A Leicester middle school music teacher who raped his 12-year-old student had his conviction affirmed by the Massachusetts Appeals Court today. The name of the case is Commonwealth v. Gilman.
A Worcester Superior Court jury convicted David Gilman of aggravated child rape and three counts of indecent assault and battery on a child under the age of 14. The evidence at trial established the 40-year-old defendant taught the victim’s music class. They spent time together during two school field trips and became friends on Facebook. As the victim entered seventh grade, the defendant also served as her drama club director. Over time, the defendant and the victim began spending more time “chatting” with each other over Facebook. Eventually, they professed their love for one another and the defendant began graphically describing the types of sex acts he would like to perform on the victim. Their relationship became physical when the defendant pulled the victim out of a school dance, brought her to his classroom, and kissed her. The defendant later wrote to the victim on Facebook that he loved her but he worried about going to jail because he had already broken the law. Twice more before he was arrested, the defendant and the victim met covertly in a classroom. The defendant touched the victim’s breast and digitally raped her.
After learning of the allegations, Leicester police officers seized the defendant’s school-issued computers. State troopers who work for the department’s digital evidence and multimedia unit conducted a forensic examination of the computers and recovered thousands of Facebook chat logs, including many of the graphic sexual messages sent by the defendant to the victim. The victim testified at trial and identified the Facebook messages as having been written by the defendant. The defense at trial was that while the defendant had written the messages, he never touched the victim and was simply engaged in fantasy writing. Following his convictions, the defendant was sentenced to serve between 10 and 13 years in state prison.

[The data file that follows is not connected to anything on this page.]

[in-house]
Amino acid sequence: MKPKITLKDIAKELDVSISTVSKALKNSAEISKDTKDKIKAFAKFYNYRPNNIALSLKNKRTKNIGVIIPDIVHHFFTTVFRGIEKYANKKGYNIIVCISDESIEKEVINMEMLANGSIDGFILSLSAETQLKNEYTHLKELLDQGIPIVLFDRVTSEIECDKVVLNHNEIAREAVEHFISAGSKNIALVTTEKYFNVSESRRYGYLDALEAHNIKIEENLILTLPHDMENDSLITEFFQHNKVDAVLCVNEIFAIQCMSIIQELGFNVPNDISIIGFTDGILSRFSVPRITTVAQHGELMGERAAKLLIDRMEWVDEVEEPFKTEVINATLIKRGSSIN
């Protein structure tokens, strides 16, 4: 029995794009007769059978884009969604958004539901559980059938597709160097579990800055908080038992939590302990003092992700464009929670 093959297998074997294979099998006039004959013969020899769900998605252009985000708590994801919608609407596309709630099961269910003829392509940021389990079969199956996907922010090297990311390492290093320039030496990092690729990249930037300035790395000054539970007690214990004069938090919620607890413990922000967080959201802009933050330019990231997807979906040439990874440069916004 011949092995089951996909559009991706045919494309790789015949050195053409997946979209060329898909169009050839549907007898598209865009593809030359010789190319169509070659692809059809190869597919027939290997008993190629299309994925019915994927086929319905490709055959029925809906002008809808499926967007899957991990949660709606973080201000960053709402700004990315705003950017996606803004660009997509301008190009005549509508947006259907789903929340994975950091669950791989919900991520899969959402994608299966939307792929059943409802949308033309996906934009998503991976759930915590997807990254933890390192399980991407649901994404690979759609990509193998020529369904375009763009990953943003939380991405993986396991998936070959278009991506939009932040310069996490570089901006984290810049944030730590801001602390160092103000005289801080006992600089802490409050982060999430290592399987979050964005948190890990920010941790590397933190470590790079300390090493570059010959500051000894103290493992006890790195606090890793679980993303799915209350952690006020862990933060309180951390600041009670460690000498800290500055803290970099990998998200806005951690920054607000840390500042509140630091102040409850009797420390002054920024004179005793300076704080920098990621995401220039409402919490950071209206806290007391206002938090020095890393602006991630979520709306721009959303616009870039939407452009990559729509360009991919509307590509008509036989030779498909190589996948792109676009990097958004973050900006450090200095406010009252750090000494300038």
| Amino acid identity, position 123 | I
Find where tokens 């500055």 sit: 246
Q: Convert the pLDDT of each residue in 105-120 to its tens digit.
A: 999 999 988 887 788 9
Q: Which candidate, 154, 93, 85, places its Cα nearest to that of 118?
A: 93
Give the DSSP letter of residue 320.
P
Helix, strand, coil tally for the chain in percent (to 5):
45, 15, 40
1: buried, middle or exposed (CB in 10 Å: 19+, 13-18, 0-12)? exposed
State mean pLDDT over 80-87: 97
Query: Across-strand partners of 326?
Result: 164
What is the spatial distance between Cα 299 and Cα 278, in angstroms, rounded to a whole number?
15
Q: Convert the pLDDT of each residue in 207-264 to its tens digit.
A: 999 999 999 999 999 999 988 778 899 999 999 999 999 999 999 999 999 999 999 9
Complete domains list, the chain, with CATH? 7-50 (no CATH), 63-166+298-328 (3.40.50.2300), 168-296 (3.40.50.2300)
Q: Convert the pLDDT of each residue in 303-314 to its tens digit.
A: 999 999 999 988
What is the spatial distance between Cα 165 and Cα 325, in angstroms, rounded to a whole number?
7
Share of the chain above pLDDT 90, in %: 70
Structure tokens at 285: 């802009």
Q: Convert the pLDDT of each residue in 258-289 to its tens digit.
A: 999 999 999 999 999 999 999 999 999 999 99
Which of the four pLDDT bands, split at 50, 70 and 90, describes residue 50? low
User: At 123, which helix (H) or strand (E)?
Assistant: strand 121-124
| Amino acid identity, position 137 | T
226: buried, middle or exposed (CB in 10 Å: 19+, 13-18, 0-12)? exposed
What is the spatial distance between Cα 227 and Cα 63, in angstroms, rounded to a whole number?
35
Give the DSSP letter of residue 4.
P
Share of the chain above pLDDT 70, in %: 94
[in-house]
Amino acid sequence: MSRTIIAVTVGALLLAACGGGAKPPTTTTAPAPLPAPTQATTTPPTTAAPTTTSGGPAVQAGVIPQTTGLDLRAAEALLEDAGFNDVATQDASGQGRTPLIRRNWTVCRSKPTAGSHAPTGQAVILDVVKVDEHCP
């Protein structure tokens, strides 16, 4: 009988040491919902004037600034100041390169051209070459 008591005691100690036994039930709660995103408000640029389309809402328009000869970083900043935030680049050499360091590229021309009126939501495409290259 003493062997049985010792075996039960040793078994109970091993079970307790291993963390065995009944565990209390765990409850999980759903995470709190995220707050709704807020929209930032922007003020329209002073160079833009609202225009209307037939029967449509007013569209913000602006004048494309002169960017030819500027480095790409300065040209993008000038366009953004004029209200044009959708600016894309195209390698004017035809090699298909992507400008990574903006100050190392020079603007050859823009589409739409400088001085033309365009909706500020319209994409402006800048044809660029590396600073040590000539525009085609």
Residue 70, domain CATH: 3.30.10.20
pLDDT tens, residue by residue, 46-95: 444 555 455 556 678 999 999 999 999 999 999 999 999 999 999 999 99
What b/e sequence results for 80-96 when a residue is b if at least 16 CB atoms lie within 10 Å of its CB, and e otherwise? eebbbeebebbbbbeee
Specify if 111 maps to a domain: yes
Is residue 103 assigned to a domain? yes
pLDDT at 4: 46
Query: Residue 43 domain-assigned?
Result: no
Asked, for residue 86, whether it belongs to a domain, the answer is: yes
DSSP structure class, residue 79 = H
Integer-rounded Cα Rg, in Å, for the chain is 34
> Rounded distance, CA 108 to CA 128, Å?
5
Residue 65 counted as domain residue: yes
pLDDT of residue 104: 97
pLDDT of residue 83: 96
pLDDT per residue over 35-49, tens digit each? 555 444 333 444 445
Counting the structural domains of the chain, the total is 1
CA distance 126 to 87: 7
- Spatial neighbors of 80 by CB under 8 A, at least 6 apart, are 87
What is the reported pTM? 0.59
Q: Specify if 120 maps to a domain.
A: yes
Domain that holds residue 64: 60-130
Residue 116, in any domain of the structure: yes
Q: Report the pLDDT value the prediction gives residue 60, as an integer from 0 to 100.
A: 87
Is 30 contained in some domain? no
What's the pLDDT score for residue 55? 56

On appeal, the defendant argued contents of the Facebook chats he shared with the victim should not have been admitted at his trial. The defense attorney had filed a motion in limine to prevent the messages’ admission, but the judge allowed them to be presented to the jury. The defendant’s argument was that the messages constituted his prior bad acts that should not have been shared with the jury, and the Commonwealth had not established he was the author of the messages. The Appeals Court rejected both arguments. While so-called prior bad acts cannot be admitted at a defendant’s trial to prove he has a bad character or a propensity to commit crime, they are admissible to establish a pattern of operation. The Court ruled the Facebook messages at issue were clearly relevant to prove the nature of the relationship between the defendant and the victim. The graphic content was probative to illustrate the manner in which the relationship developed (progressing from a student-teacher relationship to a friendship and ultimately to a sexual relationship). While the sexual messages were undoubtedly prejudicial toward the defendant, their probative value outweighed the prejudice. The Court also found that there was sufficient evidence the defendant had authored the messages that were shared with the jury. In addition to containing the defendant’s name and picture, the Facebook messages were recovered from the defendant’s password-protected computers and they contained facts that were known only to the defendant and the victim. Accordingly, it was reasonable to conclude the defendant had written the messages.
Massachusetts judges are continuing to figure out evidentiary issues involving social media messaging and the admissibility of evidence recovered from social media accounts. What should be clear to anyone using Facebook or any other Internet-based service is that it is nearly impossible to permanently delete content that has been posted on a social media account.